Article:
Every fashion label keen to revisit that classic spring theme of flora and fauna runs the risk of Miranda Priestly-esque ire: “Florals? For spring? Groundbreaking” (likewise, so does anybody making a Devil Wears Prada reference in a fashion week review. Meta). But Burberry Prorsum and Giles Deacon have nothing to fear, for their invigorating use of nature’s design this season is every bit as fresh as the living things they are inspired by.
Of all the collections, Christopher Bailey for Burberry Prorsum stood out as the quintessential costume de rigueur for the bohemian, the sort that exists to inspire and lives very much in a world devoted to the pursuit of pleasure, leisure, and intellectual acquisition. ”The Bloomsbury Girls”, sylph-like visions swathed in sheer lace, organdy, crepe, floated down the catwalk looking like the sort of fragile, fairy-like muse that would have captured the imagination of a twentieth-century poet or artist when she inadvertently drifted into his sight while taking an absent-minded stroll in the gardens of Bloomsbury Square.
Variations of the same style remained highly individual and wildly different with layers that offered a treasure trove of textures and colours to mix and match with. Certainly, this captures the very laissez faire essence of the bohemian muse, who dreamily rises from her repose and slips languidly into one of the many vintage dresses (passed down from her grandmother, slightly faded but nonetheless beautiful) and shawls (collected from her travels) draped around her room before flitting away to wherever her fancy takes her. I certainly see Jessa from Girls, in this collection, and while one cannot buy the inimitable spirit of la boheme one can certainly buy the look thanks to Burberry Prorsum.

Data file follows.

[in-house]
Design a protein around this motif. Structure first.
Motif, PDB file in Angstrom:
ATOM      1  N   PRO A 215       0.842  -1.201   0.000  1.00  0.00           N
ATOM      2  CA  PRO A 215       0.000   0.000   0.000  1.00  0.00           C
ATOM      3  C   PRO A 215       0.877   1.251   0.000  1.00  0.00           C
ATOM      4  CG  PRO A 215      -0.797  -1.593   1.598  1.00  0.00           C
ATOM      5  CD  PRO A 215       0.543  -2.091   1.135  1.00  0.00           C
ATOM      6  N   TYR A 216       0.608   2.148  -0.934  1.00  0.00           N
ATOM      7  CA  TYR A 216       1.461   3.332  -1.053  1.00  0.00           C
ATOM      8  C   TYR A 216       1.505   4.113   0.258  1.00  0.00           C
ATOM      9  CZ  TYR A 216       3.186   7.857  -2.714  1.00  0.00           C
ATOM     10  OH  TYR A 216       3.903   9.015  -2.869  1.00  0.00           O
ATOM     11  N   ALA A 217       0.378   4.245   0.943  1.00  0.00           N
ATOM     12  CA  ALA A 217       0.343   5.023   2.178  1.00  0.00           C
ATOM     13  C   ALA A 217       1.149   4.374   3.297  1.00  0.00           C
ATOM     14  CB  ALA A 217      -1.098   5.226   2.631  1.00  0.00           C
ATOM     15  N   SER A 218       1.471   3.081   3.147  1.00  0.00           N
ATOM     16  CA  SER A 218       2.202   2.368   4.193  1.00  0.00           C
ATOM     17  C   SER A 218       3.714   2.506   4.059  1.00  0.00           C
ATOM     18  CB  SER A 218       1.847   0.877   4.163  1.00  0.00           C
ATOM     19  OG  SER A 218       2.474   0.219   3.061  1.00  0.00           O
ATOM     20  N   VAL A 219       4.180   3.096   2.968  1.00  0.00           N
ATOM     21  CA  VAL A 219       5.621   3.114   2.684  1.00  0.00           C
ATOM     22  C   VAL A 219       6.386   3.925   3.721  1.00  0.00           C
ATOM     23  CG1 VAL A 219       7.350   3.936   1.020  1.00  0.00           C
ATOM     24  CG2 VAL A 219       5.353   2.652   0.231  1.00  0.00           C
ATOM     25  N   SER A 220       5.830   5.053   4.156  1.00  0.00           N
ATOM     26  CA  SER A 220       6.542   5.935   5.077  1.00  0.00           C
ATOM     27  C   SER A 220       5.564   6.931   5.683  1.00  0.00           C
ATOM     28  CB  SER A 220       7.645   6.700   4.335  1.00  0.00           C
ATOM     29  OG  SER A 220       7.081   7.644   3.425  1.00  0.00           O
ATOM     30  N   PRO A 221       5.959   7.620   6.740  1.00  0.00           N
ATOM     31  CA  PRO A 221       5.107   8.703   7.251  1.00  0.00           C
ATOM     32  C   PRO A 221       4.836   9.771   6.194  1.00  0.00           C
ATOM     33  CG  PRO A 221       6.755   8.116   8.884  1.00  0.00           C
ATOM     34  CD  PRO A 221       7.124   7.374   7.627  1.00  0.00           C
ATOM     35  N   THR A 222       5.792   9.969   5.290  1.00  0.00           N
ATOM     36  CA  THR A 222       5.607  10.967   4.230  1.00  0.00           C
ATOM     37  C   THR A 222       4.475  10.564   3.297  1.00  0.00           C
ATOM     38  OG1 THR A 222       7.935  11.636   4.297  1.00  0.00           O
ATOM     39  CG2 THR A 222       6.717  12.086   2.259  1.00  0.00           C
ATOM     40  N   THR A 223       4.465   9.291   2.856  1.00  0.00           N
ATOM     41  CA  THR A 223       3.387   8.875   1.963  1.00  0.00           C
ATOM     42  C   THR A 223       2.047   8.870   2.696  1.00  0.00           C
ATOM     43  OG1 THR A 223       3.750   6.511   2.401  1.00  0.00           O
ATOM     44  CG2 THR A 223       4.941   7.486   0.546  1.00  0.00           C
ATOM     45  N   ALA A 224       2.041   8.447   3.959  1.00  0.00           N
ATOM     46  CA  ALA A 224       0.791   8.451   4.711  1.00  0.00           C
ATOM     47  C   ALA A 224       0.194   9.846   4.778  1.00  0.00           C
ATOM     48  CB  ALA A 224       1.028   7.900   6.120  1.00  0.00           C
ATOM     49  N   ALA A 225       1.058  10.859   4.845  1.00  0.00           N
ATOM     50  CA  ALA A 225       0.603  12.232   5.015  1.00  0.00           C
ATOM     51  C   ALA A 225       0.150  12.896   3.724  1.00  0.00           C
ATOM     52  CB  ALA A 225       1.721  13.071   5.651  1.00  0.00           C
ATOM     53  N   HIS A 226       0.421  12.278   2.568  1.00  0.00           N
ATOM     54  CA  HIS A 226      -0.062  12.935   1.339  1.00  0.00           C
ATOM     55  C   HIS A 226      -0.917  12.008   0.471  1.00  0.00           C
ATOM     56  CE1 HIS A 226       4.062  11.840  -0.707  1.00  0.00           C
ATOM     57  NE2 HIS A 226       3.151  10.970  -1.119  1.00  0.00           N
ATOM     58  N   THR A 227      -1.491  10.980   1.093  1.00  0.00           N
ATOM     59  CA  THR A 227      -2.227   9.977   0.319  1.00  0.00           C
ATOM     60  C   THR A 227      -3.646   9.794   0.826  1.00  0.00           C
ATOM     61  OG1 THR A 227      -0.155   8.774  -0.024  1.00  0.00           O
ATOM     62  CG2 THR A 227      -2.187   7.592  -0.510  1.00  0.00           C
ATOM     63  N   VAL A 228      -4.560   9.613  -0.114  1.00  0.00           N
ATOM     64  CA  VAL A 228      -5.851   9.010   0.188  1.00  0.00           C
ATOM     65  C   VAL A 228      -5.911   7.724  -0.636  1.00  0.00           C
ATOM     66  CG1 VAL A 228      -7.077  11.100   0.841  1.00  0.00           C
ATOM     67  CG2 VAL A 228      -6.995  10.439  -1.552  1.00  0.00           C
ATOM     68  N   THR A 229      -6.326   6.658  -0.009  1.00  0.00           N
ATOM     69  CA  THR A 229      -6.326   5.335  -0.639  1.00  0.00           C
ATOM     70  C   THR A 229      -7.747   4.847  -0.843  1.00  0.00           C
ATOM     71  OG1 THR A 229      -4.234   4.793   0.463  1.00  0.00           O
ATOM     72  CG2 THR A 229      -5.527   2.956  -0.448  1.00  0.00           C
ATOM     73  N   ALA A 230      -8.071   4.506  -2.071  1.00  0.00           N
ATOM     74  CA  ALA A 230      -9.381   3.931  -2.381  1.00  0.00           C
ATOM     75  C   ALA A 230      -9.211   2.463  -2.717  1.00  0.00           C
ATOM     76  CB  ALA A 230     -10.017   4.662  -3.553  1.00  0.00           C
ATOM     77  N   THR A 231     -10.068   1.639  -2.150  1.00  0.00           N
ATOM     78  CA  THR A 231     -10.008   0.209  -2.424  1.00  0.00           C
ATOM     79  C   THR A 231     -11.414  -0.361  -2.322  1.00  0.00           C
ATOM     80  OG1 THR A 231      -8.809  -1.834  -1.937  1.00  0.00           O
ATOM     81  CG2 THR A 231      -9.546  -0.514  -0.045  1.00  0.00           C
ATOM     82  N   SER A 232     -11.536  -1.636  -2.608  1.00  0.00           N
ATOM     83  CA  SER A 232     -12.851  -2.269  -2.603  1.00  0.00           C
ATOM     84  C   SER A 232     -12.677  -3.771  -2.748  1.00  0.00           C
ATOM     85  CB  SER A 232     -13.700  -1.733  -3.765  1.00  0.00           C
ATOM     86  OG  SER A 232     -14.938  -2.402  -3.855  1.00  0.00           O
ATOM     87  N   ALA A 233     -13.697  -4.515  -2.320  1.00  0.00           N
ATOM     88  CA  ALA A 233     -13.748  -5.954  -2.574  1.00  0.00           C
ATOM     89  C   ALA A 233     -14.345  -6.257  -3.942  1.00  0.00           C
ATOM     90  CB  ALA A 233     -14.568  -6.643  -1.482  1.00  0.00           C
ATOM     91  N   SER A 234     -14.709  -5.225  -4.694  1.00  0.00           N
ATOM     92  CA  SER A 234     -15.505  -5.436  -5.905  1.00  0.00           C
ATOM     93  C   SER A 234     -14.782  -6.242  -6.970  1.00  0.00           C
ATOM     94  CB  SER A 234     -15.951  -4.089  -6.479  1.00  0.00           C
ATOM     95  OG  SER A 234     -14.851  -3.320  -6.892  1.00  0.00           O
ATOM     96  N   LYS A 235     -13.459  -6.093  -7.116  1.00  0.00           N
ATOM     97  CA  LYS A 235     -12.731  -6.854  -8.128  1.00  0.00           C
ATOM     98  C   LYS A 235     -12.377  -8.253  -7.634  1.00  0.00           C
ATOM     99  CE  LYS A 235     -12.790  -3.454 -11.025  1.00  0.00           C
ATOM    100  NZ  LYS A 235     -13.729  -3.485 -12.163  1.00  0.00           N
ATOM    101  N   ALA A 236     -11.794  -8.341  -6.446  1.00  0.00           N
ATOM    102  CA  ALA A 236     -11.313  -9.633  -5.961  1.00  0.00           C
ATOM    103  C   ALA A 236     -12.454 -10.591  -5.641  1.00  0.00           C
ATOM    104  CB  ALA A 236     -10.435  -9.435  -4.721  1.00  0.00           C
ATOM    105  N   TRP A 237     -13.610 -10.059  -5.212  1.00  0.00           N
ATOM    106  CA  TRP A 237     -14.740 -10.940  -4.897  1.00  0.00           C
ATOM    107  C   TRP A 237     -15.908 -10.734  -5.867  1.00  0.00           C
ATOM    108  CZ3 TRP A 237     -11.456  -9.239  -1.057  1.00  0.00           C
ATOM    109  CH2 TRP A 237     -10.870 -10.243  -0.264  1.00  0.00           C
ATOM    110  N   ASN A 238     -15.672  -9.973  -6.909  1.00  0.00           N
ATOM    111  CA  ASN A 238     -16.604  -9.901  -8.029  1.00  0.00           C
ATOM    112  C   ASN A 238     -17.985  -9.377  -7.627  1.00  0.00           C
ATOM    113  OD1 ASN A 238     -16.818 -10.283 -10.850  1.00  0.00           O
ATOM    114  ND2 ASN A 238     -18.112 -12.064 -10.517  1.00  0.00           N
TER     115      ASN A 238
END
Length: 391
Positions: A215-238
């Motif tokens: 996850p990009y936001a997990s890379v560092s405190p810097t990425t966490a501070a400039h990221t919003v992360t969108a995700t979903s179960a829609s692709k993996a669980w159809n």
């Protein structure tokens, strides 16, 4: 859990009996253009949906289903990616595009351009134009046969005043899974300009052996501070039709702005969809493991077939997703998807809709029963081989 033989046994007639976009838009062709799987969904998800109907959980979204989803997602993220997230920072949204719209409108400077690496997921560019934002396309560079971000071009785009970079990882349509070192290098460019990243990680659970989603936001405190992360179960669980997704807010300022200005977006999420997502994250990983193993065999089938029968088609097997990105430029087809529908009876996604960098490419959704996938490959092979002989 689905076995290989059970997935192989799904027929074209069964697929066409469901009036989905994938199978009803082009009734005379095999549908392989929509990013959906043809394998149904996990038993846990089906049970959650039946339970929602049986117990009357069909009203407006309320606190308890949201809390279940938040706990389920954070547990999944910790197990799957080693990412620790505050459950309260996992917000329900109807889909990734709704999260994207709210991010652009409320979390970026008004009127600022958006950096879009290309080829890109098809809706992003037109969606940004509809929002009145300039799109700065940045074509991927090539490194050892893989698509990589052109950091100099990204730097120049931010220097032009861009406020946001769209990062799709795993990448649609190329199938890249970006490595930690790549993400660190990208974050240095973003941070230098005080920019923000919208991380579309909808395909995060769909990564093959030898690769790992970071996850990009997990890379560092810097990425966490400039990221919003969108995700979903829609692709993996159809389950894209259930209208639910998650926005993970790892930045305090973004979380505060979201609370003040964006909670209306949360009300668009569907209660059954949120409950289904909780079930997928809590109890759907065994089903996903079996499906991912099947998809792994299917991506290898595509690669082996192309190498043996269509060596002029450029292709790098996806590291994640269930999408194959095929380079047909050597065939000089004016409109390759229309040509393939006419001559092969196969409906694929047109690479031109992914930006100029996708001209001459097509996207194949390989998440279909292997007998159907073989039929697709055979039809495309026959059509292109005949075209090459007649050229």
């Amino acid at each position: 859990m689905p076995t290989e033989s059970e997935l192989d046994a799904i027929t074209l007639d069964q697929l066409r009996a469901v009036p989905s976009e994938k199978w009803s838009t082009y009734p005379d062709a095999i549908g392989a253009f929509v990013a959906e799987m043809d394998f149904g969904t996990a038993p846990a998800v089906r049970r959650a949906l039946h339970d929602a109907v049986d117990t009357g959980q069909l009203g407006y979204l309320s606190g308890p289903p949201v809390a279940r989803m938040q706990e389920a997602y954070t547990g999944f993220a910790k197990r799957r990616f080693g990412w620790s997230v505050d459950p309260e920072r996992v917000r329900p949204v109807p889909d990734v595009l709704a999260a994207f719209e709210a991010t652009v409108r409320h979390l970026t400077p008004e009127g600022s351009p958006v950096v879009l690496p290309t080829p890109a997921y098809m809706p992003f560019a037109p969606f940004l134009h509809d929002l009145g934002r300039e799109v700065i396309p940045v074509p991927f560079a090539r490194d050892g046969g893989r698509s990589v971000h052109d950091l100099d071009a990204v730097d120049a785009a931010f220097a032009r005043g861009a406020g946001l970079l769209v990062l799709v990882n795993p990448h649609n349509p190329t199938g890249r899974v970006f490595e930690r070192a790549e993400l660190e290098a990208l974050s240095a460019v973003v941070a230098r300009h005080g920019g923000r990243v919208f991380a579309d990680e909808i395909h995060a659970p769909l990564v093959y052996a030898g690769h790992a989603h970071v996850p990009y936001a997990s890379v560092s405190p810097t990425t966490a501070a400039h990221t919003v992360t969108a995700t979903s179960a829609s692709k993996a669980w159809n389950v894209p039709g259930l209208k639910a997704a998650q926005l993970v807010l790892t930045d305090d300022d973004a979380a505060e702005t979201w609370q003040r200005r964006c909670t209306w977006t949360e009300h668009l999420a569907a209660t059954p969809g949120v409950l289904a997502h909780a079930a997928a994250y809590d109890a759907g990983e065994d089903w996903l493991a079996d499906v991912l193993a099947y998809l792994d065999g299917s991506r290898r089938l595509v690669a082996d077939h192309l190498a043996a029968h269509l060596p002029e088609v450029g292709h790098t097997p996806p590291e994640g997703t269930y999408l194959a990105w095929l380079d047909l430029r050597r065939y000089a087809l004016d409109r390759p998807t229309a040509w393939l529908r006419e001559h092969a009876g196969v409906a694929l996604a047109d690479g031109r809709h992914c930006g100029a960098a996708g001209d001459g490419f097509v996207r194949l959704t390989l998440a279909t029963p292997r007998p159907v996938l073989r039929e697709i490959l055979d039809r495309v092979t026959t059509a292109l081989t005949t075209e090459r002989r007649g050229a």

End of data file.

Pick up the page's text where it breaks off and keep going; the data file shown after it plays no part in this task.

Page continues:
While the Bloomsbury fairy is draped in Burberry’s flimsy confections of silk daubed with gentler colours, her rock-and-roll sister is moody and dark in Giles Deacon.
Giles Deacon presented a collection also inspired by God’s creatures. Less ethereal than the wood nymphs of Burberry, his recurring motifs of thorns, horn beetles, and hummingbirds were a slightly more cruel interpretation of natural beauty without deviating far from his usual dark, gothic, and macabre aesthetic.
Any lover of flora and fauna, or those seeking to wear Spring’s florals with a twist would do well to seek Burberry Prorsum’s bohemian blooms or Giles Deacon’s dark nature. Personally, I see them as two sides of the same coin, like the two faces of the moon as it shifts from light to dark.
All photos courtesy of Style.com